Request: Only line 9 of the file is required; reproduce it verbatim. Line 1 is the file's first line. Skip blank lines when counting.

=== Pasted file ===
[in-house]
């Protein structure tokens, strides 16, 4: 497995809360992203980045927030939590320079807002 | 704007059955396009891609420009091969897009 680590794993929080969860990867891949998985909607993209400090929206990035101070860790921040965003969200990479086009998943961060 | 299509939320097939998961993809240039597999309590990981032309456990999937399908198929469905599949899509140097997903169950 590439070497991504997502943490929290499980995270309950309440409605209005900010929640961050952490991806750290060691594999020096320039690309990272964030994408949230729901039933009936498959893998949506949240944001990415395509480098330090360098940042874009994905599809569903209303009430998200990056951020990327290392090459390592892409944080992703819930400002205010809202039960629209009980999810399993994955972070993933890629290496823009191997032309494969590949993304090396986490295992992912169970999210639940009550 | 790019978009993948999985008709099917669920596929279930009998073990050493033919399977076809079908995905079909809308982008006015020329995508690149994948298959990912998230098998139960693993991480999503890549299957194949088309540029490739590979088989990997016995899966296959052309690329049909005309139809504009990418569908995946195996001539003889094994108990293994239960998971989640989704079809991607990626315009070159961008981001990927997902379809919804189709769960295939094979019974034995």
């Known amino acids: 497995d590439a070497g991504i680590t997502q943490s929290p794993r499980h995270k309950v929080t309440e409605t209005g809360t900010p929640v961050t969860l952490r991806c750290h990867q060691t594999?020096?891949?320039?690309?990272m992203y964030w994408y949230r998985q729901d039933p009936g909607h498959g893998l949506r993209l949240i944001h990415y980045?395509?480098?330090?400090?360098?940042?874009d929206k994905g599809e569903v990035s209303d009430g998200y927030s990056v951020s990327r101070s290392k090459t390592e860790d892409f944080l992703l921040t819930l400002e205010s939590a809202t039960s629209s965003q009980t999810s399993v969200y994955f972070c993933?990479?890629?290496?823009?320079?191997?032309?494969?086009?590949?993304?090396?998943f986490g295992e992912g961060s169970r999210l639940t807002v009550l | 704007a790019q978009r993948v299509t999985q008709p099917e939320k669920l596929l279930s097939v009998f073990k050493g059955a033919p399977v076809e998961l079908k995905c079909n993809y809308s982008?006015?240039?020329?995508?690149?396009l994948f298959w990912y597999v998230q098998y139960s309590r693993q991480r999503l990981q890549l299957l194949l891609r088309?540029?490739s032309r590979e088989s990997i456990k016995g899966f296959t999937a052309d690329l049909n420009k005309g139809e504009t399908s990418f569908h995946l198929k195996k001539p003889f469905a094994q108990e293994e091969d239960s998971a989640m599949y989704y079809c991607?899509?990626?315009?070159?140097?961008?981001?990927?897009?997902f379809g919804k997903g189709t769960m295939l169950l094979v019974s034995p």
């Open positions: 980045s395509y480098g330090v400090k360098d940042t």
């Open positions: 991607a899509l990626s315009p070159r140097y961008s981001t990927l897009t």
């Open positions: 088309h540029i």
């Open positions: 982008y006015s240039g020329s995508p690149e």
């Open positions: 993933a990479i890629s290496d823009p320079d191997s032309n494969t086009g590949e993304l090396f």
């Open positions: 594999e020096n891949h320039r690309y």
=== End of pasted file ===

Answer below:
């Open positions: 594999e020096n891949h320039r690309y």